Advances in digital technology over the past two decades have created a wide array of new media platforms, channels, and delivery mechanisms. Through these, people can receive staggering amounts of content. As a result, both consumers and producers of media have exciting new options in creating and acquiring content. An Introduction to Visual Theory and Practice in the Digital Age is designed to prepare students for becoming producers of sophisticated digital media. It combines elements of visual theory and design with the practice of creating interactive media content. A framework for working in the digital world is also provided: students are asked to consider the legal, ethical, and historical aspects of visual theory and design and then combine those concepts with visual design principles and proper composition of still images, video, and sound. Real-world examples are provided, with a section where media professionals explain how theory and practice are brought together. Designed as an introduction to the field, this book is suitable for undergraduate courses including those in multimedia journalism, visual communication, and mass communication practices.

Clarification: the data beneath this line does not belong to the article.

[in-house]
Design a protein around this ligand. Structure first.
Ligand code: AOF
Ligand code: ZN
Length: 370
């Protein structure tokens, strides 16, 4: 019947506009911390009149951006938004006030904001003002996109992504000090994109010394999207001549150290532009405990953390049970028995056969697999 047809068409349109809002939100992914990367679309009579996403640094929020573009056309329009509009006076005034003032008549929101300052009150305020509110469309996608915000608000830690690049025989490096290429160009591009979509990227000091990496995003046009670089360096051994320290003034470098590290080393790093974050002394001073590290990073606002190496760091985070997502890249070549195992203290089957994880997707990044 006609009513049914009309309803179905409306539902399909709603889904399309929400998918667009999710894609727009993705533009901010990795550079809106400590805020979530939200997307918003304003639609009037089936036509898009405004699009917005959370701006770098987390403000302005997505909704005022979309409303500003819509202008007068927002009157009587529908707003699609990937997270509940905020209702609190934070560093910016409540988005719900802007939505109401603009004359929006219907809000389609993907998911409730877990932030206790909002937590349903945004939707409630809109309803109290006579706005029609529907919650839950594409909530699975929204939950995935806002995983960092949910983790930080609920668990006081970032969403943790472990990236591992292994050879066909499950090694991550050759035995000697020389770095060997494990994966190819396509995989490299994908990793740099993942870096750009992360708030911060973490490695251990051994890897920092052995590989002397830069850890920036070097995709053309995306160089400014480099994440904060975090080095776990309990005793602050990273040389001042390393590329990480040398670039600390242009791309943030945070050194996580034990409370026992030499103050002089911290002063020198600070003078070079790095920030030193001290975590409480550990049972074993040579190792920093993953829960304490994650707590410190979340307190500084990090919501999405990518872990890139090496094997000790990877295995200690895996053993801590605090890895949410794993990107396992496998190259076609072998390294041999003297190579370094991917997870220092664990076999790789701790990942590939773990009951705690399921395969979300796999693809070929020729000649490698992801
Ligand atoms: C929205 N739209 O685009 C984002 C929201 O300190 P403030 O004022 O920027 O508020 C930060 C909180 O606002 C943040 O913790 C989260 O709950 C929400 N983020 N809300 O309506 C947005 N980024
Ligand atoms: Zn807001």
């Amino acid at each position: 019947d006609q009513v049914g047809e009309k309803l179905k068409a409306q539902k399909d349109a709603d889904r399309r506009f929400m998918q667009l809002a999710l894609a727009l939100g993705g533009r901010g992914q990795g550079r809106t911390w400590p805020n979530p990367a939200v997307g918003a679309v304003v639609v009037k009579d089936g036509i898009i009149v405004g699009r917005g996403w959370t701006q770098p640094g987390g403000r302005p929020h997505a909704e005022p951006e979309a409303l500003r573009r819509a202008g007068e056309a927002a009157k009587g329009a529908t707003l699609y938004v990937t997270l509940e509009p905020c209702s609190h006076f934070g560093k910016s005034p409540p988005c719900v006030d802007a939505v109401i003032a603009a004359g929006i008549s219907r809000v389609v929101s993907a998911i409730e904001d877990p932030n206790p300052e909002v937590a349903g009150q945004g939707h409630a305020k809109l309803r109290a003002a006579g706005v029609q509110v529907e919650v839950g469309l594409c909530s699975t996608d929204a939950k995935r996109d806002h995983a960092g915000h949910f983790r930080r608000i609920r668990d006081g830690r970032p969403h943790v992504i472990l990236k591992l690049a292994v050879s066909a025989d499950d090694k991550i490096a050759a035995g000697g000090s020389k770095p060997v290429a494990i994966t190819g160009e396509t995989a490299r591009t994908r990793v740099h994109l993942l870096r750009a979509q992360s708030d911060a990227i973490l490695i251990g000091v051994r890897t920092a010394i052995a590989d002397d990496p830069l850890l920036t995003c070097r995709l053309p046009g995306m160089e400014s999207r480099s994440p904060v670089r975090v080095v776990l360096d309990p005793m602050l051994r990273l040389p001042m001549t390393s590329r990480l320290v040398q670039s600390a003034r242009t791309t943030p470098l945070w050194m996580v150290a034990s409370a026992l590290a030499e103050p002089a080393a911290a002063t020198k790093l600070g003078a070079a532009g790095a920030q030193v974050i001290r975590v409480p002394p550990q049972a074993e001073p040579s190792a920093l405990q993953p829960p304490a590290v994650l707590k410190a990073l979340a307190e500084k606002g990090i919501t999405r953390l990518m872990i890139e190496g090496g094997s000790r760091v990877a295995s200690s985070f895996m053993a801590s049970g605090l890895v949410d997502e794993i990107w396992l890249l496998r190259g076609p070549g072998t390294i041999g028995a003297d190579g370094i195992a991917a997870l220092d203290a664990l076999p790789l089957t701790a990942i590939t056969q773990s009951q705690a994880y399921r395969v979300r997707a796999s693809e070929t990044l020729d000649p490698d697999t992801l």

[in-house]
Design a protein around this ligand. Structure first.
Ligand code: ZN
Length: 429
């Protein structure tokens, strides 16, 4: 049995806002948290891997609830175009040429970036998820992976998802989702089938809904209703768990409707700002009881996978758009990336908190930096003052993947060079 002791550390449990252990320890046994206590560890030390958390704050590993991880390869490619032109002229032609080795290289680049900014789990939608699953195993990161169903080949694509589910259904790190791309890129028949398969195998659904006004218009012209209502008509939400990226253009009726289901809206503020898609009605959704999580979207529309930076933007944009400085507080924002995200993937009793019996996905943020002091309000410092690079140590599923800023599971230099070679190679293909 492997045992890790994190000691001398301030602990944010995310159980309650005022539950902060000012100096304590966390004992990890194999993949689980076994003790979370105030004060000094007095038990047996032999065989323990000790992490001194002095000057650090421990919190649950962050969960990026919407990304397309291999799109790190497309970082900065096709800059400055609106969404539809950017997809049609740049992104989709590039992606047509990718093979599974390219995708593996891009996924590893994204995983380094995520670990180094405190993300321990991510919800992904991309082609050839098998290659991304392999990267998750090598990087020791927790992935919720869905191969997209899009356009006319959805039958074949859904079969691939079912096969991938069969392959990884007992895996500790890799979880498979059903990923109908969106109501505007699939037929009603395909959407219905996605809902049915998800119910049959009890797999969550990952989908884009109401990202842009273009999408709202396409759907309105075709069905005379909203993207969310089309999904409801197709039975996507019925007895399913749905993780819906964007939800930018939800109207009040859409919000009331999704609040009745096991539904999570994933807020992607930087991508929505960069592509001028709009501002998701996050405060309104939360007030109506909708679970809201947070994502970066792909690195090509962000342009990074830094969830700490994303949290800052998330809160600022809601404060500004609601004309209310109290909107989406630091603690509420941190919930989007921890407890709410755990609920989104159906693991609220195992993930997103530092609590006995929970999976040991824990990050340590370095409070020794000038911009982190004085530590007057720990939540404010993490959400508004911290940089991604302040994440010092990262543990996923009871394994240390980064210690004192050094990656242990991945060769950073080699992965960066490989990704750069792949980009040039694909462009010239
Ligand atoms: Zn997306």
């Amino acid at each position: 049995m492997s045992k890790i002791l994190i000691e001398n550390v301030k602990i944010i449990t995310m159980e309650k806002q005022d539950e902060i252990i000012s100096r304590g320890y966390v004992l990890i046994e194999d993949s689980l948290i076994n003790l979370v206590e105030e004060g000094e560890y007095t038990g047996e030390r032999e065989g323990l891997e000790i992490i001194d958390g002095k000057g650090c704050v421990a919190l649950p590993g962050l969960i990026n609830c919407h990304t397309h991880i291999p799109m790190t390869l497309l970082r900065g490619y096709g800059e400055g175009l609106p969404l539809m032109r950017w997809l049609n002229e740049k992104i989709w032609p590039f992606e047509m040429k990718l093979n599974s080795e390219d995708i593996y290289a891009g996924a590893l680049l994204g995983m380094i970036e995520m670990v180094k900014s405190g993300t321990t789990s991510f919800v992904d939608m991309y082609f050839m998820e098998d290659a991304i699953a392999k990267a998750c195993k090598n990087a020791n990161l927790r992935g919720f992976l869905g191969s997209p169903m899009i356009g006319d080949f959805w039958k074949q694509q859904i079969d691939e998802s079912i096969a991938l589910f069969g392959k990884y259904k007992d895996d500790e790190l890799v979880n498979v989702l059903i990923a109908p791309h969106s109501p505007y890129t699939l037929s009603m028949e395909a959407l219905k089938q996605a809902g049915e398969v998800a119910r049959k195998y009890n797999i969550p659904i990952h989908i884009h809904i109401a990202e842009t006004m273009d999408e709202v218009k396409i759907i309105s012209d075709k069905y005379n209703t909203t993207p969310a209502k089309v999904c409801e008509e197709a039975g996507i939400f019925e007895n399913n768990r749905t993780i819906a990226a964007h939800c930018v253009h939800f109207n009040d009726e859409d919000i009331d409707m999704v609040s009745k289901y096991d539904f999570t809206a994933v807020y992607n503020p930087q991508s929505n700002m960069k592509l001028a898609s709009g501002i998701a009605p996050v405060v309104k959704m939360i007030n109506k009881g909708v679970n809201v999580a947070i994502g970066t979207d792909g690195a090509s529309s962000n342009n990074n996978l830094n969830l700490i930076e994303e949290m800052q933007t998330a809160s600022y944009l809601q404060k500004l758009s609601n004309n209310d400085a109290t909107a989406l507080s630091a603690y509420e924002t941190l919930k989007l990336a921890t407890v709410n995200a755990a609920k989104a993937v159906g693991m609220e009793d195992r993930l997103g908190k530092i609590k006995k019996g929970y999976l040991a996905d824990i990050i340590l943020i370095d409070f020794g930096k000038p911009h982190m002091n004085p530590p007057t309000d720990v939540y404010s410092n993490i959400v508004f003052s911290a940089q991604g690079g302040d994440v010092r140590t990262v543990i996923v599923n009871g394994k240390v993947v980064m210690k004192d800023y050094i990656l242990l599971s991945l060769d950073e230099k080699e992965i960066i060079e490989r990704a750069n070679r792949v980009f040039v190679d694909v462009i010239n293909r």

Brooke Barnett is Associate Professor in the School of Communications at Elon University and is Director of the Elon Program for Documentary Production. She worked as news director, documentary producer, reporter and host/producer in public television before receiving her PhD in journalism from Indiana University. Her films have won awards and aired on public television. She is a frequent guest on public radio on media and film subjects. Her research has appeared in a number of journals, and she is the author of three books including Terrorism and the Press: An Uneasy Relationship and Media Coverage of Crisis: The War on Terror and the Wars in Iraq. David Copeland is the A. J. Fletcher Professor in the School of Communications at Elon University and author of numerous books on the history of media and its relationship to society, including The Media's Role in Defining the Nation: The Active Voice and The Idea of a Free Press: The Enlightenment and Its Unruly Legacy. He is the editor of more than twenty other books dealing with media and the nation. A former newspaper editor, reporter, and designer, Copeland received his PhD in mass communication research from the University of North Carolina at Chapel Hill. He was named the Carnegie Foundation for the Advancement of Teaching Virginia Professor of the Year in 1998. Harlen Makemson is Associate Professor in the School of Communications at Elon University. He has a PhD in journalism and mass communication from the University of North Carolina at Chapel Hill. He is a former newspaper designer whose work was recognized in Society for News Design international competitions as well as regional contests. He has authored a number of scholarly articles in the areas of media history and visual communication, and he is the author of Media, NASA, and America's Quest for the Moon. Phillip Motley is Assistant Professor in the School of Communications at Elon University. He teaches courses that deal with issues of aesthetics, design, and visual communication at the undergraduate and graduate levels. He holds degrees in fine art from Davidson College and industrial design from North Carolina State University. Prior to joining the faculty at Elon, he taught art and design at the University of Wisconsin-Stout and worked as a three-dimensional designer. Motley is an active researcher in the scholarship of teaching and learning. He was selected as a Wisconsin Teaching Fellow while at Wisconsin-Stout, and was named a National Teaching Scholar in 2009.
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